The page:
London Magistrates’ Courts; Bucket List Issues this Week – 24.07.20
Message from HMCTS CEO, Susan Acland-Hood (24.07.20)
London Magistrates’ Courts – Bucket List issues this week
The first thing to say is that we are very sorry this has happened – it shouldn’t have, and we’re urgently working to learn from it and make sure it doesn’t happen again.
To help your members understand what happened here, I’ve had a very helpful explanation from London colleagues. First, it may be useful to understand that these lists were not planned as court lists. The large numbers of cases quoted refer to those in the backlog lists (commonly called ‘bucket lists’) which are held pending listing as the opportunity arises.
The cases are typically of lesser seriousness and are being held back in response to COVID-19, and to the need to manage our recovery plans safely with good social distancing measures in place at courthouses. We are, of course, increasing the amount – and types – of work we’re hearing every week – but there are still large numbers of lower-seriousness cases that were put off earlier in the pandemic, and there are also still some cases coming up that can’t be heard immediately. The practice in some courts is to put these into what is called a ‘bucket list,’ and then adjourn them off. These bucket lists have, in busier courts, grown significantly during the pandemic. The issues seen this week in Highbury and Thames was caused by a failure to adjourn the cases in good time and avoid unnecessary attendances (effectively, lists only ever intended as a ‘parking place’ ended up ‘live’, with people attending and expecting to be heard, causing the crowding and confusion you describe).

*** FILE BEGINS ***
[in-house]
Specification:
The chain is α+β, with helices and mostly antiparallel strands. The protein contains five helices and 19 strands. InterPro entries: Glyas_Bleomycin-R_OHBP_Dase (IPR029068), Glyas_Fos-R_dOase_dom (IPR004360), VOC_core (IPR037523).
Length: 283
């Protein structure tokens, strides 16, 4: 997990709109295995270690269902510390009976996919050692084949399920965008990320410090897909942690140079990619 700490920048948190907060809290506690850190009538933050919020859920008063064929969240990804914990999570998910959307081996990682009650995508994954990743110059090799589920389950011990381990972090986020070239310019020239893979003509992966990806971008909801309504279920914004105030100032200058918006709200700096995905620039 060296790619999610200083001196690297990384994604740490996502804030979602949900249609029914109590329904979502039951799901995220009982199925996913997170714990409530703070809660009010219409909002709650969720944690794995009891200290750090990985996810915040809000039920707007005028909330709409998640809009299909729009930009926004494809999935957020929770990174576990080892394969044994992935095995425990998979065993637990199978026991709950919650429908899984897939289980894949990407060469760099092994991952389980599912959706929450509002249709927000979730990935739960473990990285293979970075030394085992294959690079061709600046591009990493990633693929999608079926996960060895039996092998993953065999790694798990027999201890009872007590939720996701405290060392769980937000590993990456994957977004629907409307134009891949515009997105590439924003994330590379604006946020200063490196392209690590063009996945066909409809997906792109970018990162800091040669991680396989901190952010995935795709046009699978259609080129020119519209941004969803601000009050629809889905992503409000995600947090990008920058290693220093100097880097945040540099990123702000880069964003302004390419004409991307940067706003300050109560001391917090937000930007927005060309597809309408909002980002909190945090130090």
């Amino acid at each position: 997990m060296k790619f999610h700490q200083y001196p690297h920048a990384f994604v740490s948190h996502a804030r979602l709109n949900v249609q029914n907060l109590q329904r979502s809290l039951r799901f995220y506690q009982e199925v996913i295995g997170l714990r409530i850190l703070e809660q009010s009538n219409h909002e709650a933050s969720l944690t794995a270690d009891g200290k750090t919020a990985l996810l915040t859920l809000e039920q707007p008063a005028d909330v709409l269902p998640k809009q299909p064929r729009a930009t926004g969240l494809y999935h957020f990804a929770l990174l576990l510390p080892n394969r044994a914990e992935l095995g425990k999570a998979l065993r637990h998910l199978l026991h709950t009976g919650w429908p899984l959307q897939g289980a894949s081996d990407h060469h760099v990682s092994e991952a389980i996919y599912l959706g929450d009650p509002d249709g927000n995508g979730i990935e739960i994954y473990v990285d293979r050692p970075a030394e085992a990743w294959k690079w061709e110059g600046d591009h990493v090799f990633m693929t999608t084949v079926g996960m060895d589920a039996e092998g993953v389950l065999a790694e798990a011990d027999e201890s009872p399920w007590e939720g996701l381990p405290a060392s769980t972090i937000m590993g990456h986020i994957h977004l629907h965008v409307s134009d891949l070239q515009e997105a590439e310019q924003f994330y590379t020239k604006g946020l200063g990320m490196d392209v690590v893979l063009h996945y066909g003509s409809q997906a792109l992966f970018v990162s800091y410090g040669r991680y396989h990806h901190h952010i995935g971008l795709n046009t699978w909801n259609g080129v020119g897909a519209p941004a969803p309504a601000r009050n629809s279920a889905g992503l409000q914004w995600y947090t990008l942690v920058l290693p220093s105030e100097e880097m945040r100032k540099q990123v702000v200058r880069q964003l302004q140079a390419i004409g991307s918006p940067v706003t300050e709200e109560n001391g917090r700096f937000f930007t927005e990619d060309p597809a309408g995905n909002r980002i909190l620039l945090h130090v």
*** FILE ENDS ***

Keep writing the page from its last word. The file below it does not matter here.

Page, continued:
The courts didn’t realise this had happened until very shortly in advance, and had several days’ worth of ‘bucket lists’ listed as live; they immediately addressed the issue for future dates so that the problem didn’t persist, and introduced triage systems to manage footfall, together with communications, explanations and apologies. Where possible, people were given the option to wait or be adjourned. Some cases were dealt with on the day. The other cases were adjourned to a fixed future hearing date (not another ‘bucket list’). About 20 people attended at Thames on Tuesday this week and about 50 at Highbury. All those which could not be accommodated were seen and assisted before 12pm.
We are managing issues on remaining days and local teams are putting together a renewed package of support to reduce risk of this problem reoccurring. Cases are now being listed into the courts on a planned basis rather than into ‘bucket lists’. We are looking more widely at this for any future occasion when we need to adjourn groups of cases – because in moving cases wholesale into these ‘bucket lists’, courts effectively created a problem that I don’t think we needed to have (and gave staff an additional administrative task in repeatedly adjourning them off), as well as creating the risk that materialised in this case, of a ‘parked’ list accidentally being treated as real. We know we need to find better ways of dealing with those cases that can’t be listed into fixed slots than this.
Once again, I am very sorry for the confusion caused by this. I offer the explanation above to reassure that this was not part of a policy to list hundreds of cases; but I know it doesn’t make particularly edifying reading; and please do rest assured that we’re determined it won’t be repeated.